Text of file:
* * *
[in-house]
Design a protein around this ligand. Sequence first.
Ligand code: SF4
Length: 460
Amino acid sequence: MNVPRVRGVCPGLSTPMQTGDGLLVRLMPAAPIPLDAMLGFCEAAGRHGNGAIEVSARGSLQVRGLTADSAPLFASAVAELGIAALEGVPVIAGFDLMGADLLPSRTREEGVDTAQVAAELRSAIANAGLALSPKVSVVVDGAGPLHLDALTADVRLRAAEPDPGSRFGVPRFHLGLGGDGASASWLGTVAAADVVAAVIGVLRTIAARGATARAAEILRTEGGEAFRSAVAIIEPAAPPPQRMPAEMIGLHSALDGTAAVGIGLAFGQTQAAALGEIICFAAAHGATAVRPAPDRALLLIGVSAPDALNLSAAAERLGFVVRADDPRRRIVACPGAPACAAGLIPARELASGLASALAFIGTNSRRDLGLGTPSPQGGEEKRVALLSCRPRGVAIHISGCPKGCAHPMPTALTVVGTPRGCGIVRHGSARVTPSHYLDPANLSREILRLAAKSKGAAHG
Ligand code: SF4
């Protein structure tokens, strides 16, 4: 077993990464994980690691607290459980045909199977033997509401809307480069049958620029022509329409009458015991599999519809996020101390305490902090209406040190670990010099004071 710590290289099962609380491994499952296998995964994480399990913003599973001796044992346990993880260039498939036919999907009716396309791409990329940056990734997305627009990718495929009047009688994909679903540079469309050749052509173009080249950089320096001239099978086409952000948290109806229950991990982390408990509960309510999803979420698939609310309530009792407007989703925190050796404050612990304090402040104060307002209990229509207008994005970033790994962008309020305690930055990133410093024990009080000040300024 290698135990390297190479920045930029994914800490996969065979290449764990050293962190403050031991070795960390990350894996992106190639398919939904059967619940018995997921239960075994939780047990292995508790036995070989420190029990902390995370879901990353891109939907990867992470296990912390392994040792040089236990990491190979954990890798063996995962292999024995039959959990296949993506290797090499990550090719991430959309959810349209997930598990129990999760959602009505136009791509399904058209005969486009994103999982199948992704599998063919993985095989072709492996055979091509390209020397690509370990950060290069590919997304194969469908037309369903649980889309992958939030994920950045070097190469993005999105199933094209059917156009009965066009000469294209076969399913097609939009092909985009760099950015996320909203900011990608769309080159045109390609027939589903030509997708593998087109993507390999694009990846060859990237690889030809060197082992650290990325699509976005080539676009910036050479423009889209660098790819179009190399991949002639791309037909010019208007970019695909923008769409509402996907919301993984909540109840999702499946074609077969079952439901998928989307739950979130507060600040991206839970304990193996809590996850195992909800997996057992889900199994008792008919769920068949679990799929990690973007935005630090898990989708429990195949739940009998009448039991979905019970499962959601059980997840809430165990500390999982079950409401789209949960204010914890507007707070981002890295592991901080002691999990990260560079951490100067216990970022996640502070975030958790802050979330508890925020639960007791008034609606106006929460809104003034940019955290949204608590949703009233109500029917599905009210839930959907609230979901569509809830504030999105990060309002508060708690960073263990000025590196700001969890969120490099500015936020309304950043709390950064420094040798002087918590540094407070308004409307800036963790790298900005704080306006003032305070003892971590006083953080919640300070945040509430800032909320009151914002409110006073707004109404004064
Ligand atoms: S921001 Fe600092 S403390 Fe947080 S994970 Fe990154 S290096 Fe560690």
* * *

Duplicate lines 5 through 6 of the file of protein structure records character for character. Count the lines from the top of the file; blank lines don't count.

Amino acid sequence: MNVPRVRGVCPGLSTPMQTGDGLLVRLMPAAPIPLDAMLGFCEAAGRHGNGAIEVSARGSLQVRGLTADSAPLFASAVAELGIAALEGVPVIAGFDLMGADLLPSRTREEGVDTAQVAAELRSAIANAGLALSPKVSVVVDGAGPLHLDALTADVRLRAAEPDPGSRFGVPRFHLGLGGDGASASWLGTVAAADVVAAVIGVLRTIAARGATARAAEILRTEGGEAFRSAVAIIEPAAPPPQRMPAEMIGLHSALDGTAAVGIGLAFGQTQAAALGEIICFAAAHGATAVRPAPDRALLLIGVSAPDALNLSAAAERLGFVVRADDPRRRIVACPGAPACAAGLIPARELASGLASALAFIGTNSRRDLGLGTPSPQGGEEKRVALLSCRPRGVAIHISGCPKGCAHPMPTALTVVGTPRGCGIVRHGSARVTPSHYLDPANLSREILRLAAKSKGAAHG
Ligand code: SF4